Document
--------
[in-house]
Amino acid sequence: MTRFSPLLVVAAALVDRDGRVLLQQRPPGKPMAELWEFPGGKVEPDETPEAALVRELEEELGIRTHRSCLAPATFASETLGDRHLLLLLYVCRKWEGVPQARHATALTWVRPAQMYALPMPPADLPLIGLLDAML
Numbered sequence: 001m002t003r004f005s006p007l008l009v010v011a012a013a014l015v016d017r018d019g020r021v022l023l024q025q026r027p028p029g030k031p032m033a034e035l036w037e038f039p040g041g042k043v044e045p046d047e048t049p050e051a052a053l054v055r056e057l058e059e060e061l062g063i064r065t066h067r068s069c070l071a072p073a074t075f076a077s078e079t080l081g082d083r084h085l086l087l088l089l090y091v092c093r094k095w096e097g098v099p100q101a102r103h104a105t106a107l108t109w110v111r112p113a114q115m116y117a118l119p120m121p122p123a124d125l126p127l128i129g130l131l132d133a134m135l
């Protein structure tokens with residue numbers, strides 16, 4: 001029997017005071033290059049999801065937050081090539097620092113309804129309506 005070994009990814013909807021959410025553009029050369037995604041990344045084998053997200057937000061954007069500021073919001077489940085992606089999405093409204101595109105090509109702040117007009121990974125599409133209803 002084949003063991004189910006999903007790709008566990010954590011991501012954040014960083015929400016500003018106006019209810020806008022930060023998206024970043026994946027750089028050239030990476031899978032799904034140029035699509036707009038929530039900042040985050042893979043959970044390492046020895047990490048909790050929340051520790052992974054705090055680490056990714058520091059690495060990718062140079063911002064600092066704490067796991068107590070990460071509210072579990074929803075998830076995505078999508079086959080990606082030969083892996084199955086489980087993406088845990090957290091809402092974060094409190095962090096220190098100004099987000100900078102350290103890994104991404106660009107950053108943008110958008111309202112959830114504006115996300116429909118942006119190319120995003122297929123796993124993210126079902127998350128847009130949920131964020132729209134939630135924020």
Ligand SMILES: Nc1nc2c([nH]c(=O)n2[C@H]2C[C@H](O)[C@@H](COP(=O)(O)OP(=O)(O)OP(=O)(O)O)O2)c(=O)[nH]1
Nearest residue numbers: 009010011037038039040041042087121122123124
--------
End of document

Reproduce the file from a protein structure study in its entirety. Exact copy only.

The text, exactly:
[in-house]
Amino acid sequence: MTRFSPLLVVAAALVDRDGRVLLQQRPPGKPMAELWEFPGGKVEPDETPEAALVRELEEELGIRTHRSCLAPATFASETLGDRHLLLLLYVCRKWEGVPQARHATALTWVRPAQMYALPMPPADLPLIGLLDAML
Numbered sequence: 001m002t003r004f005s006p007l008l009v010v011a012a013a014l015v016d017r018d019g020r021v022l023l024q025q026r027p028p029g030k031p032m033a034e035l036w037e038f039p040g041g042k043v044e045p046d047e048t049p050e051a052a053l054v055r056e057l058e059e060e061l062g063i064r065t066h067r068s069c070l071a072p073a074t075f076a077s078e079t080l081g082d083r084h085l086l087l088l089l090y091v092c093r094k095w096e097g098v099p100q101a102r103h104a105t106a107l108t109w110v111r112p113a114q115m116y117a118l119p120m121p122p123a124d125l126p127l128i129g130l131l132d133a134m135l
């Protein structure tokens with residue numbers, strides 16, 4: 001029997017005071033290059049999801065937050081090539097620092113309804129309506 005070994009990814013909807021959410025553009029050369037995604041990344045084998053997200057937000061954007069500021073919001077489940085992606089999405093409204101595109105090509109702040117007009121990974125599409133209803 002084949003063991004189910006999903007790709008566990010954590011991501012954040014960083015929400016500003018106006019209810020806008022930060023998206024970043026994946027750089028050239030990476031899978032799904034140029035699509036707009038929530039900042040985050042893979043959970044390492046020895047990490048909790050929340051520790052992974054705090055680490056990714058520091059690495060990718062140079063911002064600092066704490067796991068107590070990460071509210072579990074929803075998830076995505078999508079086959080990606082030969083892996084199955086489980087993406088845990090957290091809402092974060094409190095962090096220190098100004099987000100900078102350290103890994104991404106660009107950053108943008110958008111309202112959830114504006115996300116429909118942006119190319120995003122297929123796993124993210126079902127998350128847009130949920131964020132729209134939630135924020």
Ligand SMILES: Nc1nc2c([nH]c(=O)n2[C@H]2C[C@H](O)[C@@H](COP(=O)(O)OP(=O)(O)OP(=O)(O)O)O2)c(=O)[nH]1
Nearest residue numbers: 009010011037038039040041042087121122123124